Grazing cattle could protect priority habitat in Sheffield

Roger Marsh, chair of Owlthorpe community forum has won a regional communityg champion award for work he has done in the area including the use of Highland Cattle to graze the fields
Roger Marsh, chair of Owlthorpe community forum has won a regional communityg champion award for work he has done in the area including the use of Highland Cattle to graze the fields
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HIGHLAND cattle could be introduced to help manage a piece of rare and threatened habitat in Sheffield .

Cows from the Graves Park Animal Farm would be used for conservation grazing at Loxley and Wadsley Common if the results of a survey currently being conducted are favourable.

And to ensure the cows can do their jobs properly dogs will have to be kept under control.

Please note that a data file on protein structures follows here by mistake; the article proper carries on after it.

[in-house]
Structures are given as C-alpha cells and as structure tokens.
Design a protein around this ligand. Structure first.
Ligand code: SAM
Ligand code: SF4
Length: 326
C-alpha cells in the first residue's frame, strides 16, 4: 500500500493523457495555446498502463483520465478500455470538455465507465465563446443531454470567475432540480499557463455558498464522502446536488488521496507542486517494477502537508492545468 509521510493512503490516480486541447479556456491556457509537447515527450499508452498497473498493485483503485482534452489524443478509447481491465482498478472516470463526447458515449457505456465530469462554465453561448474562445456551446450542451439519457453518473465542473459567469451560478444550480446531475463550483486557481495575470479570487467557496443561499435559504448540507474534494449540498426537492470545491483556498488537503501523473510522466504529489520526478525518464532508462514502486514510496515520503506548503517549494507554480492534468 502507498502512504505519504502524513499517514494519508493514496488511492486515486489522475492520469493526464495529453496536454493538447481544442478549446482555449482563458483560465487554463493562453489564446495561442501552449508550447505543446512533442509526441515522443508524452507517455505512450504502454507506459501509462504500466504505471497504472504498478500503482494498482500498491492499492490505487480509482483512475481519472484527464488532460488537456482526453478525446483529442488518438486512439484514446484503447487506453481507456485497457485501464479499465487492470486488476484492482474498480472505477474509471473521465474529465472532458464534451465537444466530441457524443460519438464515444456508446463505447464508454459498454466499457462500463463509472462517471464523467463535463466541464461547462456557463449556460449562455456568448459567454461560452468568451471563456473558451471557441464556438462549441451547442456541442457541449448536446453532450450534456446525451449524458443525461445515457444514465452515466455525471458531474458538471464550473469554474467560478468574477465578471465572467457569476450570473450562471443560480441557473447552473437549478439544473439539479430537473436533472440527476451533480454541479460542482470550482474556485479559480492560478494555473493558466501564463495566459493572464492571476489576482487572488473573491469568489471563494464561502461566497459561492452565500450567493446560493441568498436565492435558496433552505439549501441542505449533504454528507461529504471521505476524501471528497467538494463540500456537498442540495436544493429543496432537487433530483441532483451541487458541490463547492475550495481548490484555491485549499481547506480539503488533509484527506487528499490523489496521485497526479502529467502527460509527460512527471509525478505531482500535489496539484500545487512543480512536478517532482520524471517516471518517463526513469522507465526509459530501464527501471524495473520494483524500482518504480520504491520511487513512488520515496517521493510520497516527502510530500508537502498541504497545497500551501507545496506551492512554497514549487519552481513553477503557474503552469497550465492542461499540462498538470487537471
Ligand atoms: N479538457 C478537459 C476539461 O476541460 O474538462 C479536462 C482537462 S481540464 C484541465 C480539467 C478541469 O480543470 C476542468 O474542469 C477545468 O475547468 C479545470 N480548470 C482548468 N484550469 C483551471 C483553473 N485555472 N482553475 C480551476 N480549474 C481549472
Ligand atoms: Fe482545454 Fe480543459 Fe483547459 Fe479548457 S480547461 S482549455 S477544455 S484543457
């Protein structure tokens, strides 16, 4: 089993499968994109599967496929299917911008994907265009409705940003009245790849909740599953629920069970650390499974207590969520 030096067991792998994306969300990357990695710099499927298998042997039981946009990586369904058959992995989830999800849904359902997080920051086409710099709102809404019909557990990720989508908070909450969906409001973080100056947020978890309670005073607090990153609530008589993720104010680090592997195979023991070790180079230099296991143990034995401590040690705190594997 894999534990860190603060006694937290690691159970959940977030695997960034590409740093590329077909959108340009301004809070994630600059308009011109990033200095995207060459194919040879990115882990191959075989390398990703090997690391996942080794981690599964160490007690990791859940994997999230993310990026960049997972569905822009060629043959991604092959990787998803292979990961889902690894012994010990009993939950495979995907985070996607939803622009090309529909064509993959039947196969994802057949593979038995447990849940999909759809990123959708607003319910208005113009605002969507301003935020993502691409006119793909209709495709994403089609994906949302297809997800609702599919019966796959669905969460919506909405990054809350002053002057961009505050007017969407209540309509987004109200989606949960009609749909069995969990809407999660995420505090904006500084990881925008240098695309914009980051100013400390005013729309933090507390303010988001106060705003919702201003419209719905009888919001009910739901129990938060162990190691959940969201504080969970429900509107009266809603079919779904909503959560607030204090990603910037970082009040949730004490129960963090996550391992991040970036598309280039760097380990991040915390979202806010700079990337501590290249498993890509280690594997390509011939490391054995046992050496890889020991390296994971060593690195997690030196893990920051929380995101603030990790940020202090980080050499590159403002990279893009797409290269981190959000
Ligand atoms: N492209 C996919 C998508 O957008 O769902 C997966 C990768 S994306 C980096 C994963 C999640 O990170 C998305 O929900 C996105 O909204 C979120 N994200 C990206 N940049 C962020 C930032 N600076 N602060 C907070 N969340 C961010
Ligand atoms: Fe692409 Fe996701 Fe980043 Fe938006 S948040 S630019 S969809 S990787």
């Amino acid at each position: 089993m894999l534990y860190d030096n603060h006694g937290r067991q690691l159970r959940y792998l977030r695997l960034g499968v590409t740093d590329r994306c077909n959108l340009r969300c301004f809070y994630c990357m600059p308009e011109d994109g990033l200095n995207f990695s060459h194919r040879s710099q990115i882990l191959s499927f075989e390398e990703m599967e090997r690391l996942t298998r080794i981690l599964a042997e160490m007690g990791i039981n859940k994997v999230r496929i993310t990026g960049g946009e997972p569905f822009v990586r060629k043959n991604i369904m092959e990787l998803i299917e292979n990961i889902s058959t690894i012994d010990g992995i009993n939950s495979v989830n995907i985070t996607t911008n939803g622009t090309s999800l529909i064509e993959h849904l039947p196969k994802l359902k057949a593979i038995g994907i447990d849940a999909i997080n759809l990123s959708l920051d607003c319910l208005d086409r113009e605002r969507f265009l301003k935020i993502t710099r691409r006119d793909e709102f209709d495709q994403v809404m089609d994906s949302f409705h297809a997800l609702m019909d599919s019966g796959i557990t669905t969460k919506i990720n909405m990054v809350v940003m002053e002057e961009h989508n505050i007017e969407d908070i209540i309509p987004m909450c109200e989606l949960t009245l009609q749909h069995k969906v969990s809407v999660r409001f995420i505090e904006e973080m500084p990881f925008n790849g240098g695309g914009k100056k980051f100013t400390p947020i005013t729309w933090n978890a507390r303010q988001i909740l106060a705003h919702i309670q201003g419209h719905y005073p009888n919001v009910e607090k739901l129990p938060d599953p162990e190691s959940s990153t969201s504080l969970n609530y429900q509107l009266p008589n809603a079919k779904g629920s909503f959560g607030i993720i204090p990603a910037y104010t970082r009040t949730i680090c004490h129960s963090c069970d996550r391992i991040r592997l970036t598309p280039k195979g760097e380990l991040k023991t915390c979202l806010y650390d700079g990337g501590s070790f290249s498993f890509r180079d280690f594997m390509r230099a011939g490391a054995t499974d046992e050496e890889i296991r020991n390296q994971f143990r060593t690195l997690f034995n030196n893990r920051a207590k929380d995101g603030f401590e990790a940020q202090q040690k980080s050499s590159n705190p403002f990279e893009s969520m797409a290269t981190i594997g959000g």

The lowland heath is classed as a priority habitat under the UK Biodiversity Action Plan.

It requires continuous management to halt the encroachment of woodland, which is traditionally achieved by grazing and would have been common place on the commons.

Highland cattle are hardy animals particularly suited to rough grazing on lowland heathland.

They will nibble at the young trees preventing them taking over the remaining heathland.

A spokesman for the project said: “In many areas, conservation grazing and site usage by members of the public exist happily but there are a few compromises to be made on either side.”

Similar management schemes using cattle have been tried with great success in other areas of the city.

In Beighton, Highland cows have been used to graze Beighton Orchard for many years.

And last year the ancient woodland was named a Britain in Bloom winner.

The cows have also been regularly used to graze land in Owlthorpe.

If grazing is introduced at Loxley and Wadsley Common, it will mean permanent stock fencing; the site being split into three; control of dogs and the common being accessible to all.